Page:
perform light work as defined in 20 CFR 404.1567(b) and 416.967(b) except the claimant would be limited to work that has a sit/stand option at will. Additionally, the claimant has the ability to understand, remember, and carryout (sic) instructions for simple and routine tasks; make simple decisions occasionally; use judgment to make work related decisions that are simple work related decisions; interact with coworkers, supervisors, and the general public occasionally; deal with changes in a routine work setting in which the changes are simple work related decisions; perform work that does not require satisfaction of production pace; and perform work at low stress by avoiding productions standards, changes generally, or judgment changes.

(Tr. 35). After considering the testimony of a vocational expert (“VE”), the ALJ determined that Mr. Lamberti could perform jobs existing in significant numbers in the national economy and that, therefore, he was not disabled. (Tr. 41-42).

         On appeal, Mr. Lamberti contends that the ALJ did not engage in a proper analysis of Listing 1.04A. On this record, I agree that remand is warranted for further analysis. In so holding, I express no opinion as to whether the ALJ's ultimate determination that Mr. Lamberti was not entitled to benefits was correct or incorrect.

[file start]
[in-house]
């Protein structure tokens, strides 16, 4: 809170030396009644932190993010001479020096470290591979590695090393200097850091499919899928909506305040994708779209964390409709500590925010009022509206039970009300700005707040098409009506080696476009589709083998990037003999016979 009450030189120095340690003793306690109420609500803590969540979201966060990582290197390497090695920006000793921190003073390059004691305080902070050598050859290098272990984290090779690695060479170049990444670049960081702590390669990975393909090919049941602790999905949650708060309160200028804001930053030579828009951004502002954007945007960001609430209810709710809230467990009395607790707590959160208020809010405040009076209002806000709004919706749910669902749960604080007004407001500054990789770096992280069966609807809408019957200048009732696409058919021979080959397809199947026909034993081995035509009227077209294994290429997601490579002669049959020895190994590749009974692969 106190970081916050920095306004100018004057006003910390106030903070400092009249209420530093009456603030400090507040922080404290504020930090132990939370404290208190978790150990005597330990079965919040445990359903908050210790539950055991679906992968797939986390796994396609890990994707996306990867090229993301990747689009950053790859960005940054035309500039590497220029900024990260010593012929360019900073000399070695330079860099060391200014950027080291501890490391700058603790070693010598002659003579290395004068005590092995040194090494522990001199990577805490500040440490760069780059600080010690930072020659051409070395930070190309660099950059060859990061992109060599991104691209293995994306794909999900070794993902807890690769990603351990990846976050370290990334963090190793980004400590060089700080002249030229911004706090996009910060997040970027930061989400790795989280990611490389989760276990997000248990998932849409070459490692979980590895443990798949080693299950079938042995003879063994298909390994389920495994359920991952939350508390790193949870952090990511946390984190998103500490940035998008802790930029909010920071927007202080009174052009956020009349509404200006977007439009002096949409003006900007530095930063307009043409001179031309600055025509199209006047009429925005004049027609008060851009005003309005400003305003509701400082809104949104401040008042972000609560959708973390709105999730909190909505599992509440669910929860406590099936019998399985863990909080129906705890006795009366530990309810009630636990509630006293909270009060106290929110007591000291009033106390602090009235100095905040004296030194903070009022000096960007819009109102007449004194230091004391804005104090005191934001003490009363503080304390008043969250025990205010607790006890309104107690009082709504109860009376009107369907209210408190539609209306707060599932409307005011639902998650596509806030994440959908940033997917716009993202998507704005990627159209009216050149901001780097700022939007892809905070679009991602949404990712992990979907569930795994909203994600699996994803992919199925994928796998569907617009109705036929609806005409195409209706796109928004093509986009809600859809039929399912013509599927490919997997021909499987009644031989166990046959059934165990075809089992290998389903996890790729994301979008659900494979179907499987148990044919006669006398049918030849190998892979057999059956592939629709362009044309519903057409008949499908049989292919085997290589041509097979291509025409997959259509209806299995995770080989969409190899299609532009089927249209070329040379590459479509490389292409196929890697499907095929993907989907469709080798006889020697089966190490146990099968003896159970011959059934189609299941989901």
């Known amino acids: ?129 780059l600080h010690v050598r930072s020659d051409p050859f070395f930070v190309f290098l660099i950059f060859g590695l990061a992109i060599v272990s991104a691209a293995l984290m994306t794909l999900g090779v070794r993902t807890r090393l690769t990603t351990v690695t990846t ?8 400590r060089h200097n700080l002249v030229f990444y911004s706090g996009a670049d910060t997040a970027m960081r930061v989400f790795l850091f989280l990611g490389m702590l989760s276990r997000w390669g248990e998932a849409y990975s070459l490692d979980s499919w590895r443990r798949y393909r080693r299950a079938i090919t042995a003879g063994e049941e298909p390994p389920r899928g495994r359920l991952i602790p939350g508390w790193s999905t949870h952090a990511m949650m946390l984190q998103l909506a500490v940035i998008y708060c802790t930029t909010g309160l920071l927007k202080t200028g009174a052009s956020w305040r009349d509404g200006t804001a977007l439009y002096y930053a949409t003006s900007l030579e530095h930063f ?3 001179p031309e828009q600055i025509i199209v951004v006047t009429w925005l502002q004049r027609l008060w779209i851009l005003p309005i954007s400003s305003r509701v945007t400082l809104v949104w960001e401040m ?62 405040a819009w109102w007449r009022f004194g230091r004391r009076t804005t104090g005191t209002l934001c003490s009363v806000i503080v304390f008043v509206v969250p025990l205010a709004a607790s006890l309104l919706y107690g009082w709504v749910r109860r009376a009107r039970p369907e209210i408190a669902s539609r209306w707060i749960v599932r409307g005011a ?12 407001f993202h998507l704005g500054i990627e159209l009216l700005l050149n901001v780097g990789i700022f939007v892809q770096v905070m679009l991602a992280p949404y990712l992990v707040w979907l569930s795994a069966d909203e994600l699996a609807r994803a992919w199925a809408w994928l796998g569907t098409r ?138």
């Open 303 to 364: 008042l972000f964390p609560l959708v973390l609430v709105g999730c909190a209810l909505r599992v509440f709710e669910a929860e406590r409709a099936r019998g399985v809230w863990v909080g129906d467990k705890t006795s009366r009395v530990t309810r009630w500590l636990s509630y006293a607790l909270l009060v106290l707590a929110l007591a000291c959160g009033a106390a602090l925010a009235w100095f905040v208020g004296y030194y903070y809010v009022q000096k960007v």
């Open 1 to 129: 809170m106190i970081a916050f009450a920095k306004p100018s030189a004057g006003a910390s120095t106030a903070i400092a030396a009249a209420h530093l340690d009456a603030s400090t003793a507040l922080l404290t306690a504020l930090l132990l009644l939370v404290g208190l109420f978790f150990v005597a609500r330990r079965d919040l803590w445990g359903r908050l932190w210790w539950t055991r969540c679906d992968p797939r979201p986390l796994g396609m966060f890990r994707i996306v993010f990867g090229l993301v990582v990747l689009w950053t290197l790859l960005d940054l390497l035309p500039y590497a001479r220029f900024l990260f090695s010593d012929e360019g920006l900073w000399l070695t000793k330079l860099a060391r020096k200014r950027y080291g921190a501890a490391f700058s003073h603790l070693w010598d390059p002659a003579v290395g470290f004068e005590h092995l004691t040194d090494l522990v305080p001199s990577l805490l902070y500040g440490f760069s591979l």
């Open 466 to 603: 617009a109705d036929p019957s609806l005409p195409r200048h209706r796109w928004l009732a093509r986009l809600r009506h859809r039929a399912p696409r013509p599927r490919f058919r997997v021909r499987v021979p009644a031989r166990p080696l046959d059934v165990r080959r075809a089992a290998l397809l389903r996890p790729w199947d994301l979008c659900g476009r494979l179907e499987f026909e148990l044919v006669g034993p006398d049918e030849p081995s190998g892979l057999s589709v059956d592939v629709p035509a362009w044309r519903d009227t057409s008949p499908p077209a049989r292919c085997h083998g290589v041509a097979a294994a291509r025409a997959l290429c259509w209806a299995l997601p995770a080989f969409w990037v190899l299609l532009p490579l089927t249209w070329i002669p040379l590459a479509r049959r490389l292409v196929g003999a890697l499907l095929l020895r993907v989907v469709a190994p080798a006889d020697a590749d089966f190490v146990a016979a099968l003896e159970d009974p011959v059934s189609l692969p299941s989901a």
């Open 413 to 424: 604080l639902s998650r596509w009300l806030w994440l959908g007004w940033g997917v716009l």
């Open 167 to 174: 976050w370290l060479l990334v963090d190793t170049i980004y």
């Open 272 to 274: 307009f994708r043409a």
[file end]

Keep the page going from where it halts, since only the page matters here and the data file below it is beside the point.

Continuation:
The ALJ's opinion included the following:

The undersigned has reviewed all the Listing of Impairments particularly the listings in sections 1.02 (major dysfunction of a joint) and 1.04 (disorder of the spine). The claimant has severe impairments, but the claimant's impairments, combined or separately, have not meet [sic] or equaled any impairment described in the Listing of Impairments at any time relevant to this decision. The evidence shows that the claimant has received appropriate treatment for his above noted musculoskeletal impairments. The medical records show that he has been treated with multiple medications, physical therapy, spinal injections, and arthroscopic surgery on his left knee (Exhibit 12F). His treatment notes show that he reported improvement with his neck and back pain with injections. Following his knee surgery, his physical therapy records show that he made good progress with treatment. In January 2014, it was noted that he was guarding his knee, but when he was ambulating and distracted he was able to achieve a full extension of his left knee.